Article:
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Alcohol and Women:
Diagnostic Tools and Interventions

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Screen by asking women two questions:

  • "Have you ever had a drinking problem?"

  • "When was your last drink?"

(Perceived history of drinking problem and/or last drink within 24 hrs has 91.5% sensitivity, 89.7% specificity and a positive predictive value of 69.4%27)


Screen with CAGE

CAGE is a four-item questionnaire representing the terms: Cut back, Annoyed, Guilty, and Eye-opener. For women, one or more positive responses may indicate a problem with alcohol.

Ask the following:

  1. Have you ever felt the need to reduce the level of your alcohol consumption?
  2. Have people ever annoyed you with their criticisms of your drinking habits?
  3. Have you ever felt guilty while you were drinking?
  4. Have you ever started the day with a drink either to wake yourself up, in order to relax, or to cure a hangover?

From: Ewing, J.A.(1984) Detecting alcoholism: the CAGE questionnaire. JAMA, 252:1905-1907.


DSM IV Diagnostic Criteria for Alcoholism

Alcoholism may be defined if at least three of these seven symptoms occur during one year:

  • Neglect of other activities: social, occupational or recreational activities are given up or reduced because of alcohol use.
  • Excessive use: Alcohol is consumed in larger amounts over a longer period than intended.
  • Impaired control: Ongoing or unsuccessful attempts to cut down or control alcohol consumption.
  • Persistence of use: Alcohol consumption is continued despite knowledge of having a persistent or recurrent physical or psychological problem that is likely caused or exacerbated by alcohol.
  • Large amounts of time spent in alcohol related activities: A great deal of time is spent in activities necessary to obtain, use or recover from the effects of alcohol.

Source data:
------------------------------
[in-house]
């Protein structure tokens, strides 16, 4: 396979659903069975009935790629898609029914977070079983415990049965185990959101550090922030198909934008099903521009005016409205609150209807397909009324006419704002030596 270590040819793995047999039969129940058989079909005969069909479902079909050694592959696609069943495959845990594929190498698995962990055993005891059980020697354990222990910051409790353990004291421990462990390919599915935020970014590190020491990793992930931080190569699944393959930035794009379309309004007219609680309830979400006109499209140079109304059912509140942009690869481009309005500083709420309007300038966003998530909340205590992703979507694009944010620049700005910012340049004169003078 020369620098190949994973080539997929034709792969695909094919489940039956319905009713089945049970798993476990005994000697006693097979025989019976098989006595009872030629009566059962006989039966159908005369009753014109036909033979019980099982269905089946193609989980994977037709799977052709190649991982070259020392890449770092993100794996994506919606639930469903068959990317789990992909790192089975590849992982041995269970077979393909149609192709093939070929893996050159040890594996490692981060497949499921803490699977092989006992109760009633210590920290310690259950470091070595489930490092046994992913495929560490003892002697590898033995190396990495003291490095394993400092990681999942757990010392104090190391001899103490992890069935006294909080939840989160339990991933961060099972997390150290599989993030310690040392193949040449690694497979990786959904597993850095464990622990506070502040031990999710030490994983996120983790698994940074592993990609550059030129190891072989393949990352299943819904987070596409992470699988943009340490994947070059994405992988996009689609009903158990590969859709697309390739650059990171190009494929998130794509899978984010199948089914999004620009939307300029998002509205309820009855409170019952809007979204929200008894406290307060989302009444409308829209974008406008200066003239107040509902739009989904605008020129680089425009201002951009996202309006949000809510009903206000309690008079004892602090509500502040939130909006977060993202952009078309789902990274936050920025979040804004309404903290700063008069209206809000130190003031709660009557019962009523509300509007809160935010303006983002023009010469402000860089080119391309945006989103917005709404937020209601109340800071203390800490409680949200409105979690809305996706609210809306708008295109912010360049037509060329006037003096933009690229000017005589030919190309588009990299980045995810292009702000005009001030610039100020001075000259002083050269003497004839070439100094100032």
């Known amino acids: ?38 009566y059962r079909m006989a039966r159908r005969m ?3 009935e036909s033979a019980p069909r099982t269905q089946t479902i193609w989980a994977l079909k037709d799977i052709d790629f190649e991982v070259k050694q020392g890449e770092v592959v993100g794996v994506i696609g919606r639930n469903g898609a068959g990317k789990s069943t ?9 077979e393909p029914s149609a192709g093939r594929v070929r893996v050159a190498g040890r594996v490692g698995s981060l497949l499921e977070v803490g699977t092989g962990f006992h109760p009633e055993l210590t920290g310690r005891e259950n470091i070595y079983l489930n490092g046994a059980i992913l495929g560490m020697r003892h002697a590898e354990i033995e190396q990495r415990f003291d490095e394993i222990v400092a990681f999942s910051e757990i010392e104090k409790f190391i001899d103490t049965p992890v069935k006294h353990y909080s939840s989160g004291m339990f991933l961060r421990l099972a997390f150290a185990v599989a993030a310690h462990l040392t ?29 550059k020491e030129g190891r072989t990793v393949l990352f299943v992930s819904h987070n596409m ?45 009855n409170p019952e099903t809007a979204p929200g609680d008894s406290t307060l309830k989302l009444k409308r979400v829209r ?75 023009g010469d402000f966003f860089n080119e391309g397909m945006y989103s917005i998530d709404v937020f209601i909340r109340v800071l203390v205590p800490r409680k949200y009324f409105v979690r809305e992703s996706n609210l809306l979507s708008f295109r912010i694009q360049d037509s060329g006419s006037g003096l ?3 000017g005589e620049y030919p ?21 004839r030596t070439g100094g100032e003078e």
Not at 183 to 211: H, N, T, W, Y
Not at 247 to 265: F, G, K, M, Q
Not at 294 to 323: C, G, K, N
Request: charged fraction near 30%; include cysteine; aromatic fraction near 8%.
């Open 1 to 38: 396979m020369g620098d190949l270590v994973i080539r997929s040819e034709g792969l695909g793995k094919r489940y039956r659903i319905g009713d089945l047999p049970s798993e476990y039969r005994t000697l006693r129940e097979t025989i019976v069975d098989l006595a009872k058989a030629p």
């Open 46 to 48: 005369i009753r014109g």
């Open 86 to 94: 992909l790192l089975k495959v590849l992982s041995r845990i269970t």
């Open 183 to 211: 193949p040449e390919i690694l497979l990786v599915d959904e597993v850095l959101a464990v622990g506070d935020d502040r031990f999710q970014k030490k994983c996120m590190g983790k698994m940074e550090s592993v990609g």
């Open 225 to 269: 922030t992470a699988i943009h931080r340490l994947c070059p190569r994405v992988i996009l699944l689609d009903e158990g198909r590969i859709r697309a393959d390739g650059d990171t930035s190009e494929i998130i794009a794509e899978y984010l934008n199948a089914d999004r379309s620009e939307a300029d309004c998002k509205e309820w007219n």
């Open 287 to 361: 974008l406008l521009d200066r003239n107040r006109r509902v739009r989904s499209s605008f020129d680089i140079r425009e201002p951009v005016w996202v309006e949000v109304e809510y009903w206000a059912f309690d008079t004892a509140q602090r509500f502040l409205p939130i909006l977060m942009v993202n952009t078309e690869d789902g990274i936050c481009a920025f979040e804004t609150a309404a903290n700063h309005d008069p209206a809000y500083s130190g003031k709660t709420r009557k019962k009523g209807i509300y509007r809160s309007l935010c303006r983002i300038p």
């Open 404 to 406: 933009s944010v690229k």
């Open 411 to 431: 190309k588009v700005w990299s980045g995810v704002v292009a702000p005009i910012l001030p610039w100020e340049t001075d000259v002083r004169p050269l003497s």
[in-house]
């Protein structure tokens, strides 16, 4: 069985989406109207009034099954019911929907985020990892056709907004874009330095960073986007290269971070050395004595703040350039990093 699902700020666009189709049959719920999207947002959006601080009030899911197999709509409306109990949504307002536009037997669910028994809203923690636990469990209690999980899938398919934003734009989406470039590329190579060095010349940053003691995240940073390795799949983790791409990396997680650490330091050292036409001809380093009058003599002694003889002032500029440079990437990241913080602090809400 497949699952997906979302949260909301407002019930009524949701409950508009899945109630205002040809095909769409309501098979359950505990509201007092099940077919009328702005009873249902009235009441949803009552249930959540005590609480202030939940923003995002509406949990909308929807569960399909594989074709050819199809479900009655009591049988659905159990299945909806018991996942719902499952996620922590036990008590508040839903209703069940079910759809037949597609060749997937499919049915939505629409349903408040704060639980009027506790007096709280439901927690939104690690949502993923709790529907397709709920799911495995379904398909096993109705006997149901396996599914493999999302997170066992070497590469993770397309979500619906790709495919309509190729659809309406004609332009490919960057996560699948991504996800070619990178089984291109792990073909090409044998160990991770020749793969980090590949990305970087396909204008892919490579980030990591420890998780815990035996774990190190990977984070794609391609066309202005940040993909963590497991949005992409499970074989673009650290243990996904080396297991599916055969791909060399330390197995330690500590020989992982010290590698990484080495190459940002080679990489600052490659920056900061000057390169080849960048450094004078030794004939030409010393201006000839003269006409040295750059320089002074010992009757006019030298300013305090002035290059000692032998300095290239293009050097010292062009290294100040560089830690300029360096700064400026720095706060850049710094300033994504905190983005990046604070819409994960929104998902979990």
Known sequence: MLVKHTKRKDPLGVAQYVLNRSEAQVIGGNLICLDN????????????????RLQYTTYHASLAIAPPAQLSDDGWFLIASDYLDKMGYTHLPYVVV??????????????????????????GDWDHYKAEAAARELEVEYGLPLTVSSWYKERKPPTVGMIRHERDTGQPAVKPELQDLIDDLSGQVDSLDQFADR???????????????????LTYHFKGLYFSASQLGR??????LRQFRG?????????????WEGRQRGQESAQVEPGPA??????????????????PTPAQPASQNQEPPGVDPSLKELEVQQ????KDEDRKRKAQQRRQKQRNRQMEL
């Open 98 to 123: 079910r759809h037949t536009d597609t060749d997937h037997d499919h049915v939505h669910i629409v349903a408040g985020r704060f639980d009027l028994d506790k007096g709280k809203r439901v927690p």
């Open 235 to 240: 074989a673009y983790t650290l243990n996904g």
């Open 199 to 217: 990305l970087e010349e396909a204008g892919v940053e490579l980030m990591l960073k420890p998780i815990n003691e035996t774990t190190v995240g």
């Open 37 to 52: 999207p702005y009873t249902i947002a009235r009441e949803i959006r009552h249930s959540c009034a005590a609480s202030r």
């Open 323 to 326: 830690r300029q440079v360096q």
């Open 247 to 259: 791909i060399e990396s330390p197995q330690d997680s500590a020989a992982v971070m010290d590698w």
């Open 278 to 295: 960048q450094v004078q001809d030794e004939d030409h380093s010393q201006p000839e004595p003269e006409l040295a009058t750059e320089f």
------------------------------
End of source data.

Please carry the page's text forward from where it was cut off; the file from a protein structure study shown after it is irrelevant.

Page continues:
• Withdrawal: Withdrawal symptoms, such as nausea, sweating, shakiness, and anxiety when alcohol use is stopped after a period of heavy drinking.
  • Tolerance: The need for increasing amounts of alcohol to feel its effects.


Interventions in Clinical Settings

Women are more likely than men to seek help for drinking and alcohol-related problems from medical and mental health clinics than alcohol treatment settings.

Do assessment of every patient for risk factors as well as drinking habits.

Ask about desire to change current drinking pattern in any patient who is at risk. Women are more likely to respond positively to interventions from providers than men are.

Evaluate stage in self-change process:

  • Pre-contemplator (no desire to quit, denies problem)
  • Contemplator (thinking about)
  • Action (making behavior change)
  • Maintenance (maintaining positive change)

Link intervention with appropriate stage of change:

  • Pre-contemplator: Plant the seed-crises related to drinking may be used as windows of opportunity to motivate positive behavior change.

  • Contemplator: Provide education about adverse impact of drinking, and resources for support. Assist with goal setting. List pros and cons of drinking and not drinking to determine readiness to act.

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